The study’s lead author, Syed Shabab Wahid, an assistant professor in the Department of Global Health at Georgetown University’s School of Health, warned of more severe impacts to come. “As climate change worsens, temperatures and humidity will continue to increase, as will natural disasters, such as extreme flooding, which portends worsening impact on our collective mental health, globally,” said Wahid. “This should serve as a warning for other nations”. 

The Individual and National Impacts of Mental Health

By 2050, climate change could displace 13 million people in Bangladesh, according to the World Bank. Psychologists said the grief and anxiety caused by climate change often originate from an overwhelming sense of helplessness stemming from communities’ economic situations. “The poor – whose livelihoods are already fragile and whose access to government support is limited – live on under threats looming in the horizon,” said Rahman of the University of Dhaka.

For example, farmers’ health, well-being and economic security are uniquely connected to their land, and extreme heat and drought threaten their existence. In central Bangladesh, a drought that ruined a watermelon crop in 2022 is causing mental anguish for the family of college student Ripon Mondal. “I can feel my father’s mental distress,” said Mondal. “He has to pay for our studies, and sometimes I feel terrible about the debts piling up.”

As climate extremes worsen, the impacts will have “significant and wide-ranging implications” both at the individual and national level, the report’s authors explained. At the individual level, mental health conditions can lead to diminished quality of life, reduced incomes and in turn poverty. Nationally, these effects can result in heightened healthcare costs and hindered economic growth. “The brunt of these effects will likely be felt more by lower-middle-income countries such as Bangladesh. Therefore, the need to address this issue is urgent and requires immediate action,” the authors added.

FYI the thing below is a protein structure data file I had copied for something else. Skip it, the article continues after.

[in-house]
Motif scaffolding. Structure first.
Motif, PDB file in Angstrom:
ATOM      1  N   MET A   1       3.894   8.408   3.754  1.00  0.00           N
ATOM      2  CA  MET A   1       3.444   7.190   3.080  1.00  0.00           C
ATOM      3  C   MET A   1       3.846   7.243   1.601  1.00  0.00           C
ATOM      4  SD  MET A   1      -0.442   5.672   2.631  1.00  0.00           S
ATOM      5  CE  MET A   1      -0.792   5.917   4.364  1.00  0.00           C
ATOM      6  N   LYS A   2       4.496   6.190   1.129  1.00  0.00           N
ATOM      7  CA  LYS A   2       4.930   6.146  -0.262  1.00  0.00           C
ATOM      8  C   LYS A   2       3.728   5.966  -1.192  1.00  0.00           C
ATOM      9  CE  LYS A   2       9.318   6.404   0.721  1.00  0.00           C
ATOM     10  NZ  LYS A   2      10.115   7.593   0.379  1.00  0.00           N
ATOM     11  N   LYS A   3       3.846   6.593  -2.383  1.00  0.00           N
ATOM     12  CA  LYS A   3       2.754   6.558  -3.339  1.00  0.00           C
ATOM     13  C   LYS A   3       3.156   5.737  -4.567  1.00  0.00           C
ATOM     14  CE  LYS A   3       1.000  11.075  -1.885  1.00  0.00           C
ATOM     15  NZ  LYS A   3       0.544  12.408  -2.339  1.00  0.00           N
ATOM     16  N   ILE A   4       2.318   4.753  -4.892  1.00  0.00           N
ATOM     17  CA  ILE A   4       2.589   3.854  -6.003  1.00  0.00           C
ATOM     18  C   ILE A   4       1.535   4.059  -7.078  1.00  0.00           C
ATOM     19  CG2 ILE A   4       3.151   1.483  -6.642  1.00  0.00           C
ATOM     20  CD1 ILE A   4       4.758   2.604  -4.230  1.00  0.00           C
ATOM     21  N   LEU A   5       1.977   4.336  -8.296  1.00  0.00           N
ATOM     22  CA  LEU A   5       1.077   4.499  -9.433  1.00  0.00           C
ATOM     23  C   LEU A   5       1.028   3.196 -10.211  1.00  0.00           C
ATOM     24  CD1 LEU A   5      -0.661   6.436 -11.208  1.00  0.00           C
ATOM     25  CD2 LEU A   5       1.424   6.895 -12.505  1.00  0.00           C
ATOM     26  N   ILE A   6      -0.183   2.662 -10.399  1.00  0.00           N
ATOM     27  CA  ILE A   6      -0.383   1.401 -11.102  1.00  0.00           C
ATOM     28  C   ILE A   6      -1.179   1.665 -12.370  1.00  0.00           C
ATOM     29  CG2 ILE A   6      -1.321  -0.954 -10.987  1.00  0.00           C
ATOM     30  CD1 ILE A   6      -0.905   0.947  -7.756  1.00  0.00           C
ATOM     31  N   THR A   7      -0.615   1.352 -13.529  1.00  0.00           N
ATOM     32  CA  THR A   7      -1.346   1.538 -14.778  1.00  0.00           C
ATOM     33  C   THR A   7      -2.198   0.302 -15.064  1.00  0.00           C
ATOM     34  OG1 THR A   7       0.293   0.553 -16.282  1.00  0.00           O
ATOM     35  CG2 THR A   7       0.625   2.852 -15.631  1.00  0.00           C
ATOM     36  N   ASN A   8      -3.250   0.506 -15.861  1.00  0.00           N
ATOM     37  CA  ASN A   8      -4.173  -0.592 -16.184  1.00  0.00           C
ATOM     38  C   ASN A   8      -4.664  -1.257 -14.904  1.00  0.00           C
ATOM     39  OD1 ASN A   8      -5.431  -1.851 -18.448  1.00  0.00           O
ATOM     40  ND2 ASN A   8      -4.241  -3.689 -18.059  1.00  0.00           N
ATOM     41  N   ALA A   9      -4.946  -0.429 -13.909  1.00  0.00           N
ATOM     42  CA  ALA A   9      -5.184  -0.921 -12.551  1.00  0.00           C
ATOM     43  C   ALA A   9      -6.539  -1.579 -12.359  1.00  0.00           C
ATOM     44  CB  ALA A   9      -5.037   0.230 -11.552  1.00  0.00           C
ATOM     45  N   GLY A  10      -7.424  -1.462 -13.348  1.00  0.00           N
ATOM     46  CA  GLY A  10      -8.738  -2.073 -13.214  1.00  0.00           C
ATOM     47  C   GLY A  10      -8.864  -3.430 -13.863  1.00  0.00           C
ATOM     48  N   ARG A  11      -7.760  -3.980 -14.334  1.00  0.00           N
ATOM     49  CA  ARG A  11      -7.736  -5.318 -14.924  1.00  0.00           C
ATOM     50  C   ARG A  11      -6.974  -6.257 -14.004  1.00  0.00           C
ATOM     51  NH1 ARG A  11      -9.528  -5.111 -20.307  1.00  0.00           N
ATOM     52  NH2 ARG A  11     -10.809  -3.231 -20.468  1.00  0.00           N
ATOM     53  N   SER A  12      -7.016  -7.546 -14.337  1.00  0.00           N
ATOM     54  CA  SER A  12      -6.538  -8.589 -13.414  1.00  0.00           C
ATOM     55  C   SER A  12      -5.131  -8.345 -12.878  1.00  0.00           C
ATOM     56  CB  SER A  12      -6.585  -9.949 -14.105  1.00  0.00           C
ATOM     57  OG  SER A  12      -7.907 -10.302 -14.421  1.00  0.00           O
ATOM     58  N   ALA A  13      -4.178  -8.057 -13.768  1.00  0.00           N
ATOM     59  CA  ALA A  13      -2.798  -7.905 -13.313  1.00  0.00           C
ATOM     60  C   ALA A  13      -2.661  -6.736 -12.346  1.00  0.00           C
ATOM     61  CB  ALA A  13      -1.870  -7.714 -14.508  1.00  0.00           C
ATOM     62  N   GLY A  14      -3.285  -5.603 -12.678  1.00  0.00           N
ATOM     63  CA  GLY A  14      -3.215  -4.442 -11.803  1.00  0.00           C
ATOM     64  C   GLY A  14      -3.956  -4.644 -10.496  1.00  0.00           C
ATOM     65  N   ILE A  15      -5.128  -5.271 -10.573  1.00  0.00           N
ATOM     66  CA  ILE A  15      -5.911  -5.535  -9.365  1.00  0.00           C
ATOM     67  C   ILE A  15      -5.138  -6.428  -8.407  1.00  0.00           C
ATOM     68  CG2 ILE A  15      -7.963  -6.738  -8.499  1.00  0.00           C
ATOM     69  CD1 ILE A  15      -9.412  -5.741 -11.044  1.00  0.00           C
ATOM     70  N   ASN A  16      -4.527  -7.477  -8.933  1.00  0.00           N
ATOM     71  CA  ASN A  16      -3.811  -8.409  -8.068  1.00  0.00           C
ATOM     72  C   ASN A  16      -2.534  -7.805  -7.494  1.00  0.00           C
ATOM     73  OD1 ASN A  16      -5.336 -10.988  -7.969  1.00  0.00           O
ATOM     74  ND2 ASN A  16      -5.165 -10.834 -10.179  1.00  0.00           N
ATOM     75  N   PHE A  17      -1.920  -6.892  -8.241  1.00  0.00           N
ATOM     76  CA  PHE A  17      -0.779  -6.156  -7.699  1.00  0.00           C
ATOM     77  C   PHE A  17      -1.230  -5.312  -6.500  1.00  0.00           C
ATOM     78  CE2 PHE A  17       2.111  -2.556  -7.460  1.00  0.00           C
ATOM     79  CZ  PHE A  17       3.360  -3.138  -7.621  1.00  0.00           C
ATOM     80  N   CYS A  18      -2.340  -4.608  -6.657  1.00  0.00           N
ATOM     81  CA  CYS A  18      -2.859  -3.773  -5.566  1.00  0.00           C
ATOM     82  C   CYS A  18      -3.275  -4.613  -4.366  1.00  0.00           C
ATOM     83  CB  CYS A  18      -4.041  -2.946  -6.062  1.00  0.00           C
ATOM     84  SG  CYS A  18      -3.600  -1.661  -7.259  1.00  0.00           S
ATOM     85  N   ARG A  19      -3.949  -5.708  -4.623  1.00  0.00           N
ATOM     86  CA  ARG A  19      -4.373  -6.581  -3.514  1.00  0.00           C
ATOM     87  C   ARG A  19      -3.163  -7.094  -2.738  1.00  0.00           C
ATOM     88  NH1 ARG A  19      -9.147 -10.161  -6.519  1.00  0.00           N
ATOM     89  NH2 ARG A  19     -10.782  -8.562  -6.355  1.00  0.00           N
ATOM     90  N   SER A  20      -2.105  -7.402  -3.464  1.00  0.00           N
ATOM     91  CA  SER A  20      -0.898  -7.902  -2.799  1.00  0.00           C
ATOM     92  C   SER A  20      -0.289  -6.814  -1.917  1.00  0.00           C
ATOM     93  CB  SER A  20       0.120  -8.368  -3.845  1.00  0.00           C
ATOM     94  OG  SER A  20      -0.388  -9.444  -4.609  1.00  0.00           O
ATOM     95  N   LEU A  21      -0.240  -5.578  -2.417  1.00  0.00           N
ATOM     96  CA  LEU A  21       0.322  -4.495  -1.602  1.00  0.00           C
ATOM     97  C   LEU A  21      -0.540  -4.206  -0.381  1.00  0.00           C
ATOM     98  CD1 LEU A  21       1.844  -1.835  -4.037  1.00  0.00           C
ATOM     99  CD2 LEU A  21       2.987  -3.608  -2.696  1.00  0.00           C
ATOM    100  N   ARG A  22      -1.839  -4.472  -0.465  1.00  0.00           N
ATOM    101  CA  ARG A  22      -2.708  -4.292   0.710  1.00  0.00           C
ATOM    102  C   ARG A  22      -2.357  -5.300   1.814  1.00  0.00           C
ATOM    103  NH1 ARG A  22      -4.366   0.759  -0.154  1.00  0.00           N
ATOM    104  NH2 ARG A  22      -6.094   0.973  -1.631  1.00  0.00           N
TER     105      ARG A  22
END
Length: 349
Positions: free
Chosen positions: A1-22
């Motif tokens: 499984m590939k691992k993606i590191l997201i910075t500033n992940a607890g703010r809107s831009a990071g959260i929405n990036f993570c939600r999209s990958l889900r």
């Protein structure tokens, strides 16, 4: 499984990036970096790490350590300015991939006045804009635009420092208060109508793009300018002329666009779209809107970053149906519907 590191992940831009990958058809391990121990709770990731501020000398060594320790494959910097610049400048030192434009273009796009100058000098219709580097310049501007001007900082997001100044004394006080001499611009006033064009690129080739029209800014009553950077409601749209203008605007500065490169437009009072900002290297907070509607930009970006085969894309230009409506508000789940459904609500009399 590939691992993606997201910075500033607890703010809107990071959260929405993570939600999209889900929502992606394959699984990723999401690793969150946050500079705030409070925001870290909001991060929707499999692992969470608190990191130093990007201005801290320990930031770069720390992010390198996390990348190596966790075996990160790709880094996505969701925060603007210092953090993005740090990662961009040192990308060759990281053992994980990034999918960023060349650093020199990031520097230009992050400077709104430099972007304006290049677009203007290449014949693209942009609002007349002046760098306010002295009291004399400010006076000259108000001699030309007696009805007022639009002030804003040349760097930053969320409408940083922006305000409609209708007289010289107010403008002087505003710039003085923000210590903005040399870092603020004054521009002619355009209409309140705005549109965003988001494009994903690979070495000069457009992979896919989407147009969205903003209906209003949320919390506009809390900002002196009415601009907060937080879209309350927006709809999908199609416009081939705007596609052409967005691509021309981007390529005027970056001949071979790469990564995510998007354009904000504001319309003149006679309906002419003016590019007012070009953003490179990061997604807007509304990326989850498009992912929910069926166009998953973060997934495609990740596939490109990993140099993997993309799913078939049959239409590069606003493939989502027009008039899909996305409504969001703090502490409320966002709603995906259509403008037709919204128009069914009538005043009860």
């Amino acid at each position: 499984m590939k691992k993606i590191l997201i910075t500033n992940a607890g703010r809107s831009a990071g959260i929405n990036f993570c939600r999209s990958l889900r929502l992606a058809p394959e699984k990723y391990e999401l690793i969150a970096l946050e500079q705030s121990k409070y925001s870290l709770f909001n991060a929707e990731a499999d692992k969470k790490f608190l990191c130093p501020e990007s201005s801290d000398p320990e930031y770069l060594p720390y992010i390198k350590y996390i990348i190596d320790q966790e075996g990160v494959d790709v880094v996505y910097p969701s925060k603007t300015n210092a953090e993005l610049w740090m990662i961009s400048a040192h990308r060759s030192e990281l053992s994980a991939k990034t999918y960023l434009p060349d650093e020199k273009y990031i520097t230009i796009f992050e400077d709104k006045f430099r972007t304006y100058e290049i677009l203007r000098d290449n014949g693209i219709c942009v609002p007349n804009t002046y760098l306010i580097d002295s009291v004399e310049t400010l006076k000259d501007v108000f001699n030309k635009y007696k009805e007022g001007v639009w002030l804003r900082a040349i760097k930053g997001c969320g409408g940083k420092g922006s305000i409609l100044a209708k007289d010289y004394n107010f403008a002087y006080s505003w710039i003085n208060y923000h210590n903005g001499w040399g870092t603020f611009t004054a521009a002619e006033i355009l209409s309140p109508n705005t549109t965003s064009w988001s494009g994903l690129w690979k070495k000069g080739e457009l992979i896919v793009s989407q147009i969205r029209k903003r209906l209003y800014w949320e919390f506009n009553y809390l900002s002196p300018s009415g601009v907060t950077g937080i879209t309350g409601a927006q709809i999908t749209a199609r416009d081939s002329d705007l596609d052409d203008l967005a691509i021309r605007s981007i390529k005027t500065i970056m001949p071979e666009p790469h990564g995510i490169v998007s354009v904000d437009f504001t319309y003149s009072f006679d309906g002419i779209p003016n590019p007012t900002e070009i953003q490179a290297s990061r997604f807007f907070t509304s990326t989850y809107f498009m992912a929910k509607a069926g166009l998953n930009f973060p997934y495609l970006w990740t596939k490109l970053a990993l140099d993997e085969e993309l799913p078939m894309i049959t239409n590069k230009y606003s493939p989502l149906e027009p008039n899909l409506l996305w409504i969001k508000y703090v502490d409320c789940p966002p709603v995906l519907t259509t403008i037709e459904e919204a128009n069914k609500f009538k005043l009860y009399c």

Addressing the Growing Crisis of Heat and Anxiety

Recognising this growing crisis of climate-related mental health disorders in Bangladesh, the government has pledged to monitor these issues in its 2022 adaptation plan, focusing on women and disabled people. The Lancet report authors also recommend that adaptation measures should be considered for climate-related extreme weather — particularly for highly vulnerable groups and those in urban centres that are most at risk due to high temperatures and sociodemographic conditions.

Further research is also needed so that policy interventions can be targeted and most effective, said Wahid. He has confirmed that the next steps for him and his colleagues are to develop and evaluate community-based interventions that are culturally appropriate for Bangladesh, including the provision of mental health services to the numerous communities impacted by climate change.

Evelyn Smail

Writer, United Kingdom

Evelyn is a freelance writer and journalist specialising in climate science and policy, the just energy transition and the human impacts of climate change. She writes for independent publications, NGOs and environmental organisations. Evelyn has a background in sustainable development, climate justice and human rights.

Evelyn is a freelance writer and journalist specialising in climate science and policy, the just energy transition and the human impacts of climate change. She writes for independent publications, NGOs and environmental organisations. Evelyn has a background in sustainable development, climate justice and human rights.